While trying to keep up with increased demand during the pandemic, fermented food brands can’t lose sight of their core values and business strategy.
The COVID-19 outbreak has altered retail sales, with fast-paced, constantly changing sales and production cycles. Customers are going out of their way to find natural and fermented products, believing healthy food will be one of their best defenses against the global virus. But there is also pressure on pricing, with soaring unemployment and large segments of the economy shut down.
Dan Lohman, author of Brand Secrets and Strategies, says brands that sacrifice quality in order to compete on price will suffer.
“We as a natural (industry), we need to do everything we can to help leverage this storm,” he says “The mainstream retailer’s Achilles Heel is price – and you’ll struggle to compete if you just think about price. … Don’t apologize for quality. Always, always focus on the quality of the product.”
Lohman, an organic and CPG industry strategic adviser, shared business advice in a webinar sponsored by Whole Foods on “How Do You Future Proof Your Store in Uncertain Times.” Here are four of his strategies to help brands survive the pandemic.
1. Focus on Quality
As consumers experience wage loss and unemployment, brands will be tempted to drop their prices and offer a cheaper product. Lohman calls this a tired strategy.
“When you’re thinking about gluten-free, plant-based, some of these other things that we champion that start in our industry, these are the things that are driving sustainable sales across every single channel,” he says. “We should never have to apologize for good quality. Understand it’s our products, our industry, that’s responsible for growth across every category.”
Nielsen Data shows total U.S. food sales are up 1.9%, but natural and organic sales are up 11%.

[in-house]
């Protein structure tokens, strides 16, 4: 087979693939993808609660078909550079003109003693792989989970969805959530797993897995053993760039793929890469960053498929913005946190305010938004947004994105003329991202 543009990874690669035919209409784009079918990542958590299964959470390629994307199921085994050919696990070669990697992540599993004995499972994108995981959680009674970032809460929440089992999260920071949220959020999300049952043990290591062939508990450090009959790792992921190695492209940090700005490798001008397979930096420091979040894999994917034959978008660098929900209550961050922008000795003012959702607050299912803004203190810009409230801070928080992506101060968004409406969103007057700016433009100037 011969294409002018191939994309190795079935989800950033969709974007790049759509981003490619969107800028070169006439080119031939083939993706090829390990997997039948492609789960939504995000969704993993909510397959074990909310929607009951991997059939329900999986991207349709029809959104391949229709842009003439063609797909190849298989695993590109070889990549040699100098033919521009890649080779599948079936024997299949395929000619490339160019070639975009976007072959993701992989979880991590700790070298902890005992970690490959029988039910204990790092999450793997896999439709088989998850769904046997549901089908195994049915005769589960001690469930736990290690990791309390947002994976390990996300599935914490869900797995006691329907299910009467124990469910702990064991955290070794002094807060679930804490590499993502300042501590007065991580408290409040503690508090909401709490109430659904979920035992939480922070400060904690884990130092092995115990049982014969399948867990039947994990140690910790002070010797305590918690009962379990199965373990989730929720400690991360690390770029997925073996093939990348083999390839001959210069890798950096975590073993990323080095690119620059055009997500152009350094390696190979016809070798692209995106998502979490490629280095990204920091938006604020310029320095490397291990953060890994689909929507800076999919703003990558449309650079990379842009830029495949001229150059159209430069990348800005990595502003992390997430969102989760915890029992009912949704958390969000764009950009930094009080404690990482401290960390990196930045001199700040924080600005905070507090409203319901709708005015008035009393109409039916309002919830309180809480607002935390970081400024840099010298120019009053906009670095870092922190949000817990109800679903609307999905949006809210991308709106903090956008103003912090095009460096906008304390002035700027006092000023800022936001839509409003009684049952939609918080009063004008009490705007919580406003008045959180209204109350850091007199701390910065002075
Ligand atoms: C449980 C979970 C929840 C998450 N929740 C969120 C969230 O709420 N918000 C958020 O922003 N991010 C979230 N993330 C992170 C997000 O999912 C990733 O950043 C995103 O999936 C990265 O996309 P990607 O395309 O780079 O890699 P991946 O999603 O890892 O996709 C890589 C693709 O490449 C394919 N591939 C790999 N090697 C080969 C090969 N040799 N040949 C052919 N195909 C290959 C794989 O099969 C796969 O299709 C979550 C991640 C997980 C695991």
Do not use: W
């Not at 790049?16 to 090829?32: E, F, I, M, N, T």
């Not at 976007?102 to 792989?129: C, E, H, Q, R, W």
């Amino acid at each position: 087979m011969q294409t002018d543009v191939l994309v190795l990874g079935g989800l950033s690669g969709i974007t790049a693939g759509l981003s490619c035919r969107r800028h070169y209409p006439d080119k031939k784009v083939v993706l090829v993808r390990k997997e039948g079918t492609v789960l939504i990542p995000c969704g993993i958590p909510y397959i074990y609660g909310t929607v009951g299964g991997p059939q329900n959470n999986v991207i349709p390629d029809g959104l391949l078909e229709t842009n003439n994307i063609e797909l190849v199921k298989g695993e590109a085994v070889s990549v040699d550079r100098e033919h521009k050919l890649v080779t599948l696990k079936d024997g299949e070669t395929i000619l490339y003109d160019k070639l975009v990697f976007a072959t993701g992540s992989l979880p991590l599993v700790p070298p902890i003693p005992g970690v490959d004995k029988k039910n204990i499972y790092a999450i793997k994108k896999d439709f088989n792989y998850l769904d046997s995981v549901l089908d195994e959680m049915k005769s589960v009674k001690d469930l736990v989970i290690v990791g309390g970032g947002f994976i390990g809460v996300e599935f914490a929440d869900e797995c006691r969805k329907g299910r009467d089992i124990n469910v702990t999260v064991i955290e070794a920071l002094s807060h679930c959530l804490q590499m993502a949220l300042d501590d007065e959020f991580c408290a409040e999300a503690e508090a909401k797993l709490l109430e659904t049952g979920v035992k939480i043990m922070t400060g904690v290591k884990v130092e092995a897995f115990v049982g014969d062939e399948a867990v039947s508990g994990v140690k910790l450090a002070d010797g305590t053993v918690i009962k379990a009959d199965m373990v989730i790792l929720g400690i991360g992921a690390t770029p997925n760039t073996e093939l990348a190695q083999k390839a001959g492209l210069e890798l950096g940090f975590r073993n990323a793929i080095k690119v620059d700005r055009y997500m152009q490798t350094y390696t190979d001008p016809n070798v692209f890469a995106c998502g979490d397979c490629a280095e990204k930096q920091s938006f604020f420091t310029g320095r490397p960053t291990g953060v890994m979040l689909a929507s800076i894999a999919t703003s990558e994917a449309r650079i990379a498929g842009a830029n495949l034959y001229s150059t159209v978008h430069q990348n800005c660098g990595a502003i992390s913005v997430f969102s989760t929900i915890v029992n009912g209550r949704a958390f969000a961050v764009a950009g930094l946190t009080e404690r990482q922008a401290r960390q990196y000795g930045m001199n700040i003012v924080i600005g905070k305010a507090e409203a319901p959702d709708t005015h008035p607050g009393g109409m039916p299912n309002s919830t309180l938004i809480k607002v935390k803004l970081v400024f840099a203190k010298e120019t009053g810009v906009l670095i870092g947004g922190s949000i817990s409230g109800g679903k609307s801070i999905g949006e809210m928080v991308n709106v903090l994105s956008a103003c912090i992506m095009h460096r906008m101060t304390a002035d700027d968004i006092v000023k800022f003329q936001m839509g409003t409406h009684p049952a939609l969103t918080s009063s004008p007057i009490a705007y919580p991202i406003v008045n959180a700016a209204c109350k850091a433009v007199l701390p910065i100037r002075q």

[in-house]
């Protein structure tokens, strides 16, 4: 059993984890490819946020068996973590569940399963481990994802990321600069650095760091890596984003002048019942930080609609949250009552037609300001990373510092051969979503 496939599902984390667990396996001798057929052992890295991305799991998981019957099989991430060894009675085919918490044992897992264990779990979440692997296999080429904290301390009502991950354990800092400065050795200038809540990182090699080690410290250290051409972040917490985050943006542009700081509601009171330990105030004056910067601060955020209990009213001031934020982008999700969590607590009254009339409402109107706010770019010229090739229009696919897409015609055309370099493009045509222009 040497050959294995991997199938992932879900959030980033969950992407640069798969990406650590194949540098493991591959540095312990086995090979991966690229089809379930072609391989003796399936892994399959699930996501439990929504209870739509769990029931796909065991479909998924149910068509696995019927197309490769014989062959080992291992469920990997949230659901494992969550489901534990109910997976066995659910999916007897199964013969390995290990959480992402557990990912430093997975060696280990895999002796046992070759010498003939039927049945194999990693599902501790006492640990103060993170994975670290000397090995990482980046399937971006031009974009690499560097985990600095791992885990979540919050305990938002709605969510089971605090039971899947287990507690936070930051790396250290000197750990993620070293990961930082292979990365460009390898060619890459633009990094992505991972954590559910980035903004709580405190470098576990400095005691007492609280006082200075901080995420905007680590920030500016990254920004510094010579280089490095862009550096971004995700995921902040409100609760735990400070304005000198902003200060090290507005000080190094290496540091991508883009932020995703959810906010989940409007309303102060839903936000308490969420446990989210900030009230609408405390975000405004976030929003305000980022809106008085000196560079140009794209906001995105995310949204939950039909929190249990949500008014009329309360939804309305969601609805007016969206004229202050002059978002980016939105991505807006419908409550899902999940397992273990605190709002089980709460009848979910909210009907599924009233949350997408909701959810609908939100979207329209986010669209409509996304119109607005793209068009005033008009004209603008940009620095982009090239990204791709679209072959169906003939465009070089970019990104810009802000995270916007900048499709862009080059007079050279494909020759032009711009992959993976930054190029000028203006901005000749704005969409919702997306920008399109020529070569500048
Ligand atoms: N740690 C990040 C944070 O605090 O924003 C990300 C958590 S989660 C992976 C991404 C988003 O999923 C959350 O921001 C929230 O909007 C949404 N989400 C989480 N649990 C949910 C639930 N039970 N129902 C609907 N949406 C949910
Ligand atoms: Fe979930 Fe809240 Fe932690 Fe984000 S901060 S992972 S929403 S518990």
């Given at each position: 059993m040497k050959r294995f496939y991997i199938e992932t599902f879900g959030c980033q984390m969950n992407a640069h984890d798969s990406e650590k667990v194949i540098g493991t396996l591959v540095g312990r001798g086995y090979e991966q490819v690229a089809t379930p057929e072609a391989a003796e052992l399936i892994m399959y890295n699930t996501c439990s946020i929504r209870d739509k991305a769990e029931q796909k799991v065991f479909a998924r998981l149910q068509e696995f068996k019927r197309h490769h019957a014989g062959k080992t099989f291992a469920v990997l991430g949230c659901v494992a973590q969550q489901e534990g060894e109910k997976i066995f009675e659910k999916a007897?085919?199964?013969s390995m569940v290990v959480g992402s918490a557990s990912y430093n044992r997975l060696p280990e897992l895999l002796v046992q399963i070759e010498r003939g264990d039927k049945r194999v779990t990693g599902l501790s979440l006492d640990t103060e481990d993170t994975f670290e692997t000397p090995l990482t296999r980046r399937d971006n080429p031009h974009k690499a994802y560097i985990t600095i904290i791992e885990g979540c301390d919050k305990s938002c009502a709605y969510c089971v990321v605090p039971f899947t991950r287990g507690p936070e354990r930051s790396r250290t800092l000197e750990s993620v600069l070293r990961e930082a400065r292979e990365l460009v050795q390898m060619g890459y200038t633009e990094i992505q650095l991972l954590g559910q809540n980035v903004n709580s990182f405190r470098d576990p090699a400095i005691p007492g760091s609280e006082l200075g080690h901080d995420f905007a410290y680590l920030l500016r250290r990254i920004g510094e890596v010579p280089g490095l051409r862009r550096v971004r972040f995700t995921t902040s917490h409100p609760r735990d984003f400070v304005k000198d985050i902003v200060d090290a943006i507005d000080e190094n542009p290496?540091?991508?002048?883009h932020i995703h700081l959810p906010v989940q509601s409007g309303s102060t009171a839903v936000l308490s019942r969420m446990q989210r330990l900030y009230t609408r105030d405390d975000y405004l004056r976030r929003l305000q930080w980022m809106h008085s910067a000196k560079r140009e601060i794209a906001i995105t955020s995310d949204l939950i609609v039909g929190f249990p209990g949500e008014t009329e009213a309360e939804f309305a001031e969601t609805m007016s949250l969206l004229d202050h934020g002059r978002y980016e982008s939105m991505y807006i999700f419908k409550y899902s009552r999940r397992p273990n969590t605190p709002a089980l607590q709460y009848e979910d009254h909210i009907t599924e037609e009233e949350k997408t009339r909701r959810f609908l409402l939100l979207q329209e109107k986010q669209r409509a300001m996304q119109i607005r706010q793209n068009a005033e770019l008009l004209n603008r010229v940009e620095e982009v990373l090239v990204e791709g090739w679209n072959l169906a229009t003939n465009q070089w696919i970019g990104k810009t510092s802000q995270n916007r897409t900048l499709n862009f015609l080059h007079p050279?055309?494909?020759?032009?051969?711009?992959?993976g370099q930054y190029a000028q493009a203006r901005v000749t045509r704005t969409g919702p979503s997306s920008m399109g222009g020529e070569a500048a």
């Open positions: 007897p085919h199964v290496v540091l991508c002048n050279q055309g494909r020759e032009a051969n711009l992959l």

The modern consumer frames their shopping list by the adage “You are what you eat.” They know eating a healthy, nutritionally dense food will keep them full for longer than a cheap, generic product.
“If I buy the cheap generic bread, I’m hungry almost before I finish eating it. If I eat the best mainstream bread, I may be satiated for a few hours. But if I eat the organic bread and that organic bread provides me the nutrition I need, that might satiate me longer. Even though I’m paying more (for the organic bread), I’m paying less overall. That’s the argument this industry needs to make,” he says. “Unfortunately, this is where we need to rethink how we need to go to market. Its not about price, its about value.”
“Focus on that, focus on how you are delivering that real value to your customer.”
2. Know Your Shopper
The natural shopper stereotype is someone who eats a salad and takes a walk. Defining the shopper in a small scope is limiting. Today’s natural shoppers are diverse and united in a common purpose: craving healthy food.
“Creativity is our single greatest asset. This is how we stand out on a crowded shelf. This is all about having a purpose. Natural is really good at that because were all purpose driven,” Lohman says.
3. Maintain a Score Card
Critical during the pandemic is continuing to track sales measurements. Brands need to tell retailers average turns, anticipated sales, ideal backstock, customer insight and category trends.
“A lot of brands today are reactive. They need to be proactive. It’s your name on the package,” Lohman says. “When a customer sees your product out of stock, they’ll blame the brand, not the retailer.”
Eighty percent of natural food brands fail in the first year of operation. Measurements are key to surviving, Lohman says. They show the retailer “the contribution a brand brings to the store.” Your band may not be the top-selling brand in the category, but it may be bringing the most dollars to the category.
4. Market Intentionally
As grocery store shelves quickly deplete of essential goods and medical supplies, natural brands can market their product as a health alternative.
Shoppers are struggling to find cold medicine. How does your product help alleviate cold symptoms? Grocery stores are selling out of flour. Is your product a healthy alternative to a carbohydrate?
“Help customers understand you’re there to solve their unique problems,” Lohman says.